DA's 'degree' proposal could be bad news for chief whip John Steenhuisen

25 November 2018 - 00:03 By ZIMASA MATIWANE and APHIWE DEKLERK


DA chief whip John Steenhuisen may be demoted to a backbencher after next year's elections if a proposal by his party in his home province of KwaZulu-Natal to the Independent Commission for the Remuneration of Public Office Bearers is considered.
The DA caucus in the KwaZulu-Natal legislature has recommended that only an MP with a university degree be considered as a chief whip.
Steenhuisen's highest qualification is a matric certificate, although he is considered one of the DA's most effective MPs.
Despite the degree requirement not being party policy, the DA leader in KwaZulu-Natal, Zwakele Mncwango, said the party "will have to discuss the issue of qualifications".
"We [the DA caucus] discussed it and agreed on the ... importance of qualifications as a matter of principle. ... We want representatives that have a certain level of education.
"Government institutions are collapsing because office-bearers have no capacity to even read or interpret some of the documents. Our submission is based on principle, that a leader of the opposition must have a degree," he said.
The proposal, which forms part of submissions to the remuneration commission, makes recommendations for skills and qualifications and gives detailed expectations of key performance areas for all positions in the national executive, parliament and provincial legislatures.
DA spokesperson Solly Malatsi said the party believed the selection process would deliver a diverse and skilled group.
"The purpose is to ensure that all our caucuses consist of diverse, competent, and skilled South Africans who are fit for purpose to realise our mission of building One South Africa for all," said Malatsi.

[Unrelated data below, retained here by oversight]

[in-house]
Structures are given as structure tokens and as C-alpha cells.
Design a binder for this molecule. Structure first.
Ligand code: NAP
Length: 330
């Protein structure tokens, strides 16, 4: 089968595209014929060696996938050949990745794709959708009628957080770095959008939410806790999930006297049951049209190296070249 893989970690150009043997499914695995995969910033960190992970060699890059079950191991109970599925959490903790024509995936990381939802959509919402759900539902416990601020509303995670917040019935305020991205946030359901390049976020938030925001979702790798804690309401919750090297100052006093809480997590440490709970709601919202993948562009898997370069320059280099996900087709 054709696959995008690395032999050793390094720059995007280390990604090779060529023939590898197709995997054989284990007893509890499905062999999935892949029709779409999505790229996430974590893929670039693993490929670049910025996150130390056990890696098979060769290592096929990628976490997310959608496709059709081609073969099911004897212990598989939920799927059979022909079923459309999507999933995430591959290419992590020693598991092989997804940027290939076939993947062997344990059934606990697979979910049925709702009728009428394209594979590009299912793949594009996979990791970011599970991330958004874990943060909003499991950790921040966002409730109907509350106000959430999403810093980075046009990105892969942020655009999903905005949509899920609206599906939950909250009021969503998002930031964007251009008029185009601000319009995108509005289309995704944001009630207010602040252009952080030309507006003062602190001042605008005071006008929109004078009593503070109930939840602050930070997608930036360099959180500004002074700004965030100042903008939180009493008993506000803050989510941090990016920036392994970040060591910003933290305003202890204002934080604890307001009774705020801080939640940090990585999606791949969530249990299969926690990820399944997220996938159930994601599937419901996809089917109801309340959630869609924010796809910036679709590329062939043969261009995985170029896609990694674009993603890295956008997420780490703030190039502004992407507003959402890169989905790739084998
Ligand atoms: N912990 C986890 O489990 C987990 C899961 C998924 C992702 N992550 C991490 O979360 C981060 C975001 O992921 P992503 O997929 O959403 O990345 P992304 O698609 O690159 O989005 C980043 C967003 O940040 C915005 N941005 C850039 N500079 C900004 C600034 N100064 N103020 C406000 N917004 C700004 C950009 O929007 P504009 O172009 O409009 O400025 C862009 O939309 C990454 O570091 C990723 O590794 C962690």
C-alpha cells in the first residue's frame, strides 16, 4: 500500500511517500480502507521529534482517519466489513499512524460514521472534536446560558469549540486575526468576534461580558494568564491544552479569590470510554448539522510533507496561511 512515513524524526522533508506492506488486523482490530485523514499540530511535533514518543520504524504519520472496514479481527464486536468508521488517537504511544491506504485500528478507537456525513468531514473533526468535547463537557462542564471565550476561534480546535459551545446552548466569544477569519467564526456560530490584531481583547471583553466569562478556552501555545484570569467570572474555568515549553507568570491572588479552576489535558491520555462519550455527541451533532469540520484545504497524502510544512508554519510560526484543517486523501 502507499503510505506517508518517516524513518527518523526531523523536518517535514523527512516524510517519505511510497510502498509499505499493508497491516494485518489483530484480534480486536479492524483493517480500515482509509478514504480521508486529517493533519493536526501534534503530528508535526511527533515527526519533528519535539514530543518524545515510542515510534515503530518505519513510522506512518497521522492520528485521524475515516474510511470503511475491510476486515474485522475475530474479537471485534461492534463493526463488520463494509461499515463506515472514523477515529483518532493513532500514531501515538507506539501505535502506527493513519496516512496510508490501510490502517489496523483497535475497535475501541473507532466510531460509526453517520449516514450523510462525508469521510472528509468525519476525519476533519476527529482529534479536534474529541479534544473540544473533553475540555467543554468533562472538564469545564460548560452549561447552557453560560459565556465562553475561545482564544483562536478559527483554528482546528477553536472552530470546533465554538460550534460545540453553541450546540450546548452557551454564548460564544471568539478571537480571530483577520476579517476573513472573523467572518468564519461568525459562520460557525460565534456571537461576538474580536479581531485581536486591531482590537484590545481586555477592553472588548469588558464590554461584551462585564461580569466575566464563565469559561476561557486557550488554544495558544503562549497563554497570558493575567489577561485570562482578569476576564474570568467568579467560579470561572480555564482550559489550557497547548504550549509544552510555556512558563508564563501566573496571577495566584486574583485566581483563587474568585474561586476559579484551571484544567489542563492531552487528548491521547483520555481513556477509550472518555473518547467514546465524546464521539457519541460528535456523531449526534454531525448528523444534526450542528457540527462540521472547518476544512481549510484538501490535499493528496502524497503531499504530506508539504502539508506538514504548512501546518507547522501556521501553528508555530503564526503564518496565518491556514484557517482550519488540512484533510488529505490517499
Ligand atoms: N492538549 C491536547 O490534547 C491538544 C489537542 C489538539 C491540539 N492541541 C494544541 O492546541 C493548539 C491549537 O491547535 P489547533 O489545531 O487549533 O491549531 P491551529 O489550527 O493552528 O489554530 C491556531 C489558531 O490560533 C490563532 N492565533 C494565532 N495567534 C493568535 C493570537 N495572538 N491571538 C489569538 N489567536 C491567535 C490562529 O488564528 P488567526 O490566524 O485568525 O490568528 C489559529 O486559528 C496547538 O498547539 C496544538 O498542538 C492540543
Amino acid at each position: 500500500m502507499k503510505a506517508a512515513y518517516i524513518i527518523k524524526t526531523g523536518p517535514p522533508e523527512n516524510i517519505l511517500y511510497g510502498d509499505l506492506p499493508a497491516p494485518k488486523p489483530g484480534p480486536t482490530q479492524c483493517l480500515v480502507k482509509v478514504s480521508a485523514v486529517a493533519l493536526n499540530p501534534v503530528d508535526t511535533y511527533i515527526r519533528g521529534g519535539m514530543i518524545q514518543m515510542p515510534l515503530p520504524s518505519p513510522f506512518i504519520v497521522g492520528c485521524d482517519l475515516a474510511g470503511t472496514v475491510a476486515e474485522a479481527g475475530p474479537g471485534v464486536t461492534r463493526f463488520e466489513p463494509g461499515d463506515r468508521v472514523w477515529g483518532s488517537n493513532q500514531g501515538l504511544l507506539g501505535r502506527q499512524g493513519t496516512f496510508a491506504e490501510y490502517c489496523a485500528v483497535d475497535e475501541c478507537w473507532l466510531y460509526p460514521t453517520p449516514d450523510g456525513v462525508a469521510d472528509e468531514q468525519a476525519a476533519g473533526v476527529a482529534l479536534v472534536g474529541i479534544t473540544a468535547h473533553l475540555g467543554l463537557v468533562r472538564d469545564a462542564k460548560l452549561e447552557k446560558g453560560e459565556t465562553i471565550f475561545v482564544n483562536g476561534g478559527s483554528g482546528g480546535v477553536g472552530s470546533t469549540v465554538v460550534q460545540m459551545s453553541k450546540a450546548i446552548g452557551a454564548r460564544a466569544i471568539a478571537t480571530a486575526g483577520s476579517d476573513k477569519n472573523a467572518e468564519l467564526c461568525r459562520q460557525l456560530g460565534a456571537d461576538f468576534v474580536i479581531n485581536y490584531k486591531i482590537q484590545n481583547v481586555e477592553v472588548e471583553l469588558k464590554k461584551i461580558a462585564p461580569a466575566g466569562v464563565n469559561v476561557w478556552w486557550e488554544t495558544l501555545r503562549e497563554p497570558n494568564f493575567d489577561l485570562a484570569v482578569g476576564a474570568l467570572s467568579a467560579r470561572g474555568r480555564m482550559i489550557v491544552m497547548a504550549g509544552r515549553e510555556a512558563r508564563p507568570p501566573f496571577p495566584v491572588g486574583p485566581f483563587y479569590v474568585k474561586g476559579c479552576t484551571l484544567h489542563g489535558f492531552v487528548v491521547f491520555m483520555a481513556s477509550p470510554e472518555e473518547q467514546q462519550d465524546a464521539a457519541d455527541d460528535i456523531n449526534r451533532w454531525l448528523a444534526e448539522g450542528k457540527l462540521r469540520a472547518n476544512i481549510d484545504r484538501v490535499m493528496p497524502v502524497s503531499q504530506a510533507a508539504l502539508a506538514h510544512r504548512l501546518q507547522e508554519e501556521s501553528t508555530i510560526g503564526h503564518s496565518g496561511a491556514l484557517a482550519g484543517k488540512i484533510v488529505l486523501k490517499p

The proposal would be a new hurdle for Steenhuisen to clear if he is to stay on as chief whip after next year's elections.
The DA's diversity clause, backed by leader Mmusi Maimane, is also expected to lead to several white men being axed from the party's national and provincial caucuses.
Maimane, who took over the party leadership in May 2015, wants to assert his authority by installing his own people in parliament and changing the face of the party benches to reflect SA's demographics.
Steenhuisen has a frosty relationship with Mncwango and insiders believe that this may lead to him losing his parliamentary post.
The Sunday Times previously reported claims that he failed to keep up with the DA's monthly R2,000 tithe payments.
Steenhuisen has denied this, but a DA insider said Mncwango had succeeded in having the party look at the tithe issue again.
The DA is in the final stages of compiling its candidate lists for parliament. Insiders, speaking on condition of anonymity, say Maimane will face a big test as the party seeks to enforce its diversity clause.
One source noted Maimane has said the party needs to have a more diverse caucus, especially at the national level.
"If you look at our at our local government caucuses, they have transformed significantly," the source said.
"He has been very deliberate about ensuring that provinces are recruiting as many black potential candidates as possible.
"It will be a test of Mmusi's leadership because this will be his first national caucus and his caucus should be representative of the diversity of the party."
Contacted for comment, Steenhuisen said a similar proposal presented to parliament as part to the review of its structure had previously been rejected.
"You can have somebody who doesn't necessarily have a qualification but who is an excellent legislator or politician, and bear in mind this is a political environment … if you made a degree a requirement, you could end up excluding people who have years of experience in managing institutions in the legislative process," said Steenhuisen.

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